My late mother-in-law once received a prize for her Red-Cooked Beef, and it indeed was one of her few specialties. Even nowadays, my husband occasionally gets a serious craving for his mom’s cooking, and it usually revolves around some sort of thing getting braised with soy sauce in the mix—in other words, it’s “red cooked.” One of his favorites is chicken (and you can certainly substitute chicken for beef here), and I almost always toss in some potatoes toward the end in order to complete his happiness. And he’s right: the potatoes do work like magic in here, adding a soothing, creamy edge to the hearty sauce and the slightly chewy bits of meat.
You can use just about any good stew beef here, and tendons are especially welcome, as they turn soft and velvety while transferring much of their body to the sauce. I’ve come to rely on cuts like brisket (which is from the breast) or the plate (which is from the front belly) for their full flavor and interesting texture, but really just about any part of the cow will do. Shanks are especially lovely this ways, too, by the way.
This is another one of those terrific basic recipes that can act as a template for experimentation and embellishment. Add tomatoes in late summer when they are at their tastiest, or some good (whole) canned ones at other times. Sichuan hot bean sauce (la doubanjiang) is tasty here, too—just be sure to fry it with the aromatics to elevate its flavors. If you don’t include the potatoes, serve this over noodles or with some sort of Chinese bread. Otherwise, a side of rice is perfect.
Hóngshāo níuròu 紅燒牛肉
Serves 2 as a main dish, 4 as a soup
1 pound boneless stewing beef, or 2 pounds bone-in beef
2 tablespoons peanut or vegetable oil
1 medium onion, peeled and cut into eights
¼ cup sliced ginger
3 to 6 cloves garlic
2 dried Thai chilies, optional
½ cup mild rice wine
Boiling water, as needed
3 star anise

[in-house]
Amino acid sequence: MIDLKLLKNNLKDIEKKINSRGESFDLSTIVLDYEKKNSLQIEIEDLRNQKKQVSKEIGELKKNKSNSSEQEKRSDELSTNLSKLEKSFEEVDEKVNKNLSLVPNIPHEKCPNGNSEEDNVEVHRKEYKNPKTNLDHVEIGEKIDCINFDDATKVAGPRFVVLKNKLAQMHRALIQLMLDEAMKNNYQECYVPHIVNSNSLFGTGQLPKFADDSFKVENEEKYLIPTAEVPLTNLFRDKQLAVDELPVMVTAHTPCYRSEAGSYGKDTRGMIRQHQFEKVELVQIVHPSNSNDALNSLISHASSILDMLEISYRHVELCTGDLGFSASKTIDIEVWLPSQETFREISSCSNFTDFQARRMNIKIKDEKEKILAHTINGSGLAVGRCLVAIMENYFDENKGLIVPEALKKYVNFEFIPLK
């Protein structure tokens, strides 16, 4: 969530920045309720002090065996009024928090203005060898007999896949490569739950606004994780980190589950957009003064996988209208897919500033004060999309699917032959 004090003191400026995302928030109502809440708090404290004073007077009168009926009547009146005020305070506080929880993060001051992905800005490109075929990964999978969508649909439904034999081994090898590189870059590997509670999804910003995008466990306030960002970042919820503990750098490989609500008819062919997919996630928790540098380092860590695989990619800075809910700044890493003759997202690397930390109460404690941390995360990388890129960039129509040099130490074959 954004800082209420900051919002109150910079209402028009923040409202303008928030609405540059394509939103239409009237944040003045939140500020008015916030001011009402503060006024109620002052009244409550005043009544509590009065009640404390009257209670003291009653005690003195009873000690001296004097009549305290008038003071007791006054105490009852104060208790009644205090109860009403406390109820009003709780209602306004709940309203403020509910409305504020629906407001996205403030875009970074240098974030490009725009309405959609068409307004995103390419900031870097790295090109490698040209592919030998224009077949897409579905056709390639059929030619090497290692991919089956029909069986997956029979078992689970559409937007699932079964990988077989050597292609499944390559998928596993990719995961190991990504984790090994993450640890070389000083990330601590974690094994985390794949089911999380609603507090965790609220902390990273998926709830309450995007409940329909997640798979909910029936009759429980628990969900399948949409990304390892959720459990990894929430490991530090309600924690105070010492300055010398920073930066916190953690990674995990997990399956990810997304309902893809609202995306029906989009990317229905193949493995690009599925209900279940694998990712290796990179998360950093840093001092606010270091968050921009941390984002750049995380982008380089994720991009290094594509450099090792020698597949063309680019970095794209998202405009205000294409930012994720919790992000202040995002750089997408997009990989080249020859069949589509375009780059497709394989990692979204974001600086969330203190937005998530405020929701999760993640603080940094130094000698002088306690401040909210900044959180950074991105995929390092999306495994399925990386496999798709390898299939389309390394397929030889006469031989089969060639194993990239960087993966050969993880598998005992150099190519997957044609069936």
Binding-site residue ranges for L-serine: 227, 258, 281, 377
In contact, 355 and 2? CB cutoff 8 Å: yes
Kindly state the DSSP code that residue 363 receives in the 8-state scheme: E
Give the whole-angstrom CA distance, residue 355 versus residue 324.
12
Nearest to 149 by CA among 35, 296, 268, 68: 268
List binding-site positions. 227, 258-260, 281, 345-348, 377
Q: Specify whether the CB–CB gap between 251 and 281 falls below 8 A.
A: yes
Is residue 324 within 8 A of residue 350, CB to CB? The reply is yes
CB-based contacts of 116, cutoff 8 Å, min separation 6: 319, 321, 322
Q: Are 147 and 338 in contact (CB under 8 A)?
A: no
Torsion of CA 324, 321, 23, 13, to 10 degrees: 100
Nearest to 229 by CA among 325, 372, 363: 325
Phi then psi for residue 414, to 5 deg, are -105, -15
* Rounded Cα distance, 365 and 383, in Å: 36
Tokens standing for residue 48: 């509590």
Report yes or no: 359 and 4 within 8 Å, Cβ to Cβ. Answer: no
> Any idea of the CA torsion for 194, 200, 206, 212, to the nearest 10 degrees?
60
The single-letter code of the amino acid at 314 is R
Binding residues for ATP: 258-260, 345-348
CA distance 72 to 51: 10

½ stick cinnamon
2 tablespoons regular soy sauce
1 tablespoon rock or slab sugar
3 medium Yukon Gold potatoes
1 green onion, trimmed and chopped, or a handful of chopped cilantro
1. Rinse the beef and pat it dry. Cut the meat into 1-inch pieces; if you are using bone-in beef, simply cut the meat off of the bone first. Place a pressure cooker or pan over medium heat and pour in the oil when it is hot. Add the meat (and any bones) to the oil and let them brown before turning them over. At this point add the onion, ginger, garlic, and chilies.
2. When everything has been browned nicely, pour in the rice wine and cover the beef by around 2 inches with the boiling water. Cover the pressure cooker and cook on high for 20 minutes; if you are cooking it in a regular pan, simmer the beef until it is almost tender.
3. Add the soy sauce and sugar, bring the liquid back to a full boil, and simmer it uncovered until the beef is as tender as you like. Taste and adjust the seasoning. It can be cooked ahead of time up to this point, cooled, refrigerated, and the solid fat removed, if you like.
4. About 20 minutes before serving, bring the beef back to a full boil over high heat, add the potatoes to the pan, cover the pan loosely, and reduce the heat to medium. Cook the potatoes until they are barely soft. Taste and adjust the seasoning a final time. Sprinkle with green onions or cilantro.